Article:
By Karoline Castillo-Troncoso
My name’s Karoline. I’m 15, and as I’m writing this, it is July, meaning that I am a soon-to-be high school sophomore (by the grace of God). I am an aspiring performer (which in my case refers to utilizing my vocal instrument and learning how to use the piano). But games have always been a part of my life in one way, shape, or form. Whether it’s those cool math/ABCya! games (such as Math Bingo or Math Man) that developed one third of my childhood experience, or console games (such as GTA, games played on the Wii, etc.) that I rarely played unless I was over at a cousin’s house who happened to have one. I never knew much about games—no more than the fact that I enjoyed playing them, nor did I comprehend or have any knowledge of what went behind the process of making games. That was until I attended TAPCo (Theatre Arts Production Company) for my first year of high school.
After school in my algebra classroom is where I learned about the Critics Circle which was introduced to me by my then algebra teacher: Steven Spera. And I decided to join! With Harold, Whitney and Isaac, I encountered a unique experience that allowed me to begin to understand the complexity of video games. The Critics Circle encouraged freedom for creative thinking while demonstrating the importance of every element within creating a story, which required lots of imagination. We read the Lynn Nottage one-act play, “Crumbs from the Table of Joy,” I enjoyed the significance of tight dialogue within a social justice plot that took place decades ago in Brooklyn. We learned about the structure of a story and its crucial components which you may know as exposition, the rising action, the climax, falling action, and the resolution.
The Lynn Nottage one-act play was a guide for the narrative, game-oriented script entries we were instructed to write in the Critics Circle. In a few words, my script entry was based upon the idea of how the dangers of VR can result in the misinterpretation between reality and virtual reality: spaces in which we create false realities for ourselves to dabble in. A scholarship would be awarded at the completion of this script by the New York Videogame Critics Circle.
I was so grateful to win the scholarship! There was a paid internship that became available to me after winning and I am currently participating in it. To my understanding, the first part is based on creating an interactive game through a resource known as Twine. The details of the game are collected from Bronx stories interns and senior interns had imagined or lived through prior to beginning this process. My Bronx story consists of a memory which was reminiscent of my childhood.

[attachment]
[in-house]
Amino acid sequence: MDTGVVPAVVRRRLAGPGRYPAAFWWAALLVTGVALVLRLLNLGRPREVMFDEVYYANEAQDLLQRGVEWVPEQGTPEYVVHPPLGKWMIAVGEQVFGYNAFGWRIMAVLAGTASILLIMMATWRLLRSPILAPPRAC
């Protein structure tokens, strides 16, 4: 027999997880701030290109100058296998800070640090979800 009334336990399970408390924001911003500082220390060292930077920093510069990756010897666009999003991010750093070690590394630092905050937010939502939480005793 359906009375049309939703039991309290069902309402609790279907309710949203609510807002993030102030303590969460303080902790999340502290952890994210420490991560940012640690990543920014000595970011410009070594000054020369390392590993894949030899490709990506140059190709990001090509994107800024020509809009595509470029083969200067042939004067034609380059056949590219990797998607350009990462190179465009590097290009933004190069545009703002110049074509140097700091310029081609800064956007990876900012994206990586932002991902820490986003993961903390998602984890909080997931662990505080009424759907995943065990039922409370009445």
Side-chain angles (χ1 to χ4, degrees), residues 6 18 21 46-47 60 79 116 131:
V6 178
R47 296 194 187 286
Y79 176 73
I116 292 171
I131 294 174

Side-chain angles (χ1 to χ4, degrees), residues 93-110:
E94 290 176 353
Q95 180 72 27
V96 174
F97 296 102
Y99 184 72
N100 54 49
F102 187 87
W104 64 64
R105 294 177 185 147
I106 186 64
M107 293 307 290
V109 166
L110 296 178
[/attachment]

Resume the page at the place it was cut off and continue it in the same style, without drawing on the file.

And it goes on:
Whenever I think of my childhood and all of the experiences that occurred in my young age, this memory is one that always comes to mind: It was a warm summer day, and I lived near an uncle of mine. We were very close—so much so, he felt like a father figure in my life. People from an outside perspective may describe his personality as lukewarm. I say this because he outwardly showed little enthusiasm and seemed to lack warmth—which may seem ironic considering he worked in a bodega which is a job that inherently requires a lot of socializing. But whenever we’d interact, he would greet me with a warm, genuine smile, followed by a big hug. The best way I could describe his love for me is by comparing it to that of a father’s love for his daughter. This is relevant because my uncle was almost like a protagonist in my childhood. He lived a few feet away from my family and me, and his job was located around the same distance away. So whenever my parents would go to work miles away, he’d be there. He would always take my sister and me to the park; we’d help around at his job which was a family business, we’d run errands for the business with him, etc! We’d go buy merchandise and I’d usually ask for candy or something of the sort. That being said, candy always caught my eye when entering the store—I have a severe sweet tooth—one which my parents frequently have warned me about.
But one particular summer day, I was eager to go to the park. I’d whine and bother, and he was quite hard to crack. We didn’t go to the park, but I rode my scooter as my uncle sat in a chair on a corner adjacent to our street. My mistake was riding my scooter on rocky, uneven concrete, at accelerating speeds. I rode as fast as my then-little legs could take me, until I went flying. I felt a sharp pain and realized the majority of the epidermis had been scraped off of a portion of my lower knee. I began hysterically crying, as any young child would, and my uncle was there to pick me up just as I fell.
He put me on his shoulders and took me home. By then, I had stopped crying—not because the pain had ceased, but probably because I was in shock from the whole situation, and this was one of my first experiences with trauma. I decided to write about this experience in my Bronx story because it is one which has been stored in my long-term memory, and I truly believe it’s an event I’ll never forget. Not only that, my story demonstrates the importance of a child’s innocence and its maintenance: an aspect which is almost, if not completely, disregarded by today’s society. Also, we’re so easily engulfed by technology, the media and how it effortlessly influences naive minds. I think that’s one of the reasons I like games: there’s an innocence to some of the best ones, a wonderful feeling of wonder and positivity.
Karoline Castillo-Troncoso is one of our newest New York Videogame Critics Circle interns from the Bronx. Welcome aboard, Karoline!